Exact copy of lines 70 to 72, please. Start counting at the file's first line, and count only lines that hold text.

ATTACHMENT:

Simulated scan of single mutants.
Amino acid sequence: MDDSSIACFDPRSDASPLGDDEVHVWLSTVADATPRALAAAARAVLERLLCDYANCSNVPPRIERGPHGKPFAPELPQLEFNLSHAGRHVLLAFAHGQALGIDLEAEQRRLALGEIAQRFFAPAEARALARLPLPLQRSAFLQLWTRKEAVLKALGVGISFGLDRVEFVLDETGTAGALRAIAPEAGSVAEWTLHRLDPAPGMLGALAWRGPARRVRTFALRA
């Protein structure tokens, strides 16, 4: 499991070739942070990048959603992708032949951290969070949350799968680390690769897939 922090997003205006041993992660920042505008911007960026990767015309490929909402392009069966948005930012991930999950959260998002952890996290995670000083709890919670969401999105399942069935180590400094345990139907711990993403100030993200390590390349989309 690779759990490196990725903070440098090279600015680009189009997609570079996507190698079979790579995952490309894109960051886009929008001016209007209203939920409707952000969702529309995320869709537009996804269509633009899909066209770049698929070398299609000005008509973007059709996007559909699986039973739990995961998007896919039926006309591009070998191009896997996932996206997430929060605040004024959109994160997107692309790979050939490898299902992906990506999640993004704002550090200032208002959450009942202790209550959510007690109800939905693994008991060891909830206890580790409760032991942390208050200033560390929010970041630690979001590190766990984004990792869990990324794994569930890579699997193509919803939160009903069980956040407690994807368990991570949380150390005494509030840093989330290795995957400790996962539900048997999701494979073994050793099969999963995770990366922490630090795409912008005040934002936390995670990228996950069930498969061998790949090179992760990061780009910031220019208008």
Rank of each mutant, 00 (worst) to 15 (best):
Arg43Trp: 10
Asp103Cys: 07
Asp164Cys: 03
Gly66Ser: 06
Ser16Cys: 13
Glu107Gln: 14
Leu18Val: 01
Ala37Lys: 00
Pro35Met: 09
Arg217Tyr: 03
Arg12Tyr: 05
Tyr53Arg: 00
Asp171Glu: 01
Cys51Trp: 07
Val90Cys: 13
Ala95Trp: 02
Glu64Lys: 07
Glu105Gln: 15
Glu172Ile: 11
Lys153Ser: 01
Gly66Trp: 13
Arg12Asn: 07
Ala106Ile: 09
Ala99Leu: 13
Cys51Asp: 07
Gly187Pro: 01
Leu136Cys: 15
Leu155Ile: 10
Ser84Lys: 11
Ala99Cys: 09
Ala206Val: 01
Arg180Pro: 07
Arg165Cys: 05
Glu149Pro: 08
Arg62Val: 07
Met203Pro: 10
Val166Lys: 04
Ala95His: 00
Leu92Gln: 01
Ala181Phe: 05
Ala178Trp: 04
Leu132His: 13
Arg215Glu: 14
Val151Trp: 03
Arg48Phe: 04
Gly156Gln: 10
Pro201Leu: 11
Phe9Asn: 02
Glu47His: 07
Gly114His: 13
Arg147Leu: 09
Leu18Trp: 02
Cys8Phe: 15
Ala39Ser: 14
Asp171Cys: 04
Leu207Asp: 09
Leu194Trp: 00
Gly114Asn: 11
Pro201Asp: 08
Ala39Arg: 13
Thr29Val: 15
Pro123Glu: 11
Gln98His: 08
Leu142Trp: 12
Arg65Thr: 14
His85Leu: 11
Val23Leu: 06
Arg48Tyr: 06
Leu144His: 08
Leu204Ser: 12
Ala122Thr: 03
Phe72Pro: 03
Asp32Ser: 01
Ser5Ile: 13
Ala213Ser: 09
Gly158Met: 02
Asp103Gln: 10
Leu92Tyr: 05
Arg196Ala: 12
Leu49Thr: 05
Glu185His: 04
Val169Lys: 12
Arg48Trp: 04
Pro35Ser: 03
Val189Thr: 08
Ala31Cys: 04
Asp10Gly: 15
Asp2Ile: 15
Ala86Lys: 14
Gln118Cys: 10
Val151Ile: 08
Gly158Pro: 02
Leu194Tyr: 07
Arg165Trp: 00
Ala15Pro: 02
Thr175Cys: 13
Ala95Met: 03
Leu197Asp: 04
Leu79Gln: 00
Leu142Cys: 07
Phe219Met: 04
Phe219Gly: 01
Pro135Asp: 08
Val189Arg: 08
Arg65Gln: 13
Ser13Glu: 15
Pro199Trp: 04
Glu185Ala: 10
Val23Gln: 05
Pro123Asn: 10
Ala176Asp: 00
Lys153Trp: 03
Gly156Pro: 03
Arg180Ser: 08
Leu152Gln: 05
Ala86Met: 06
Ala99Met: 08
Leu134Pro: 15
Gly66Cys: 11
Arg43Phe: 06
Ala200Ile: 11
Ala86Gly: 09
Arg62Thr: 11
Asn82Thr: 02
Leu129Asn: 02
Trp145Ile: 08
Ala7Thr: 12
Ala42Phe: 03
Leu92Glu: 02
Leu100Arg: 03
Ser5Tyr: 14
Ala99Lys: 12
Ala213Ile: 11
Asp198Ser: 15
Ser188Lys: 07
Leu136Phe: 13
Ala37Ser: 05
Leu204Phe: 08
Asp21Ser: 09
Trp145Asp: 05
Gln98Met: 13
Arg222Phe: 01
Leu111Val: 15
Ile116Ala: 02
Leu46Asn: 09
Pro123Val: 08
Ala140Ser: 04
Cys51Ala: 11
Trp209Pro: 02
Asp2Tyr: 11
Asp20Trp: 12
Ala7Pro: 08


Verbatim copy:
His85Leu: 11
Val23Leu: 06
Arg48Tyr: 06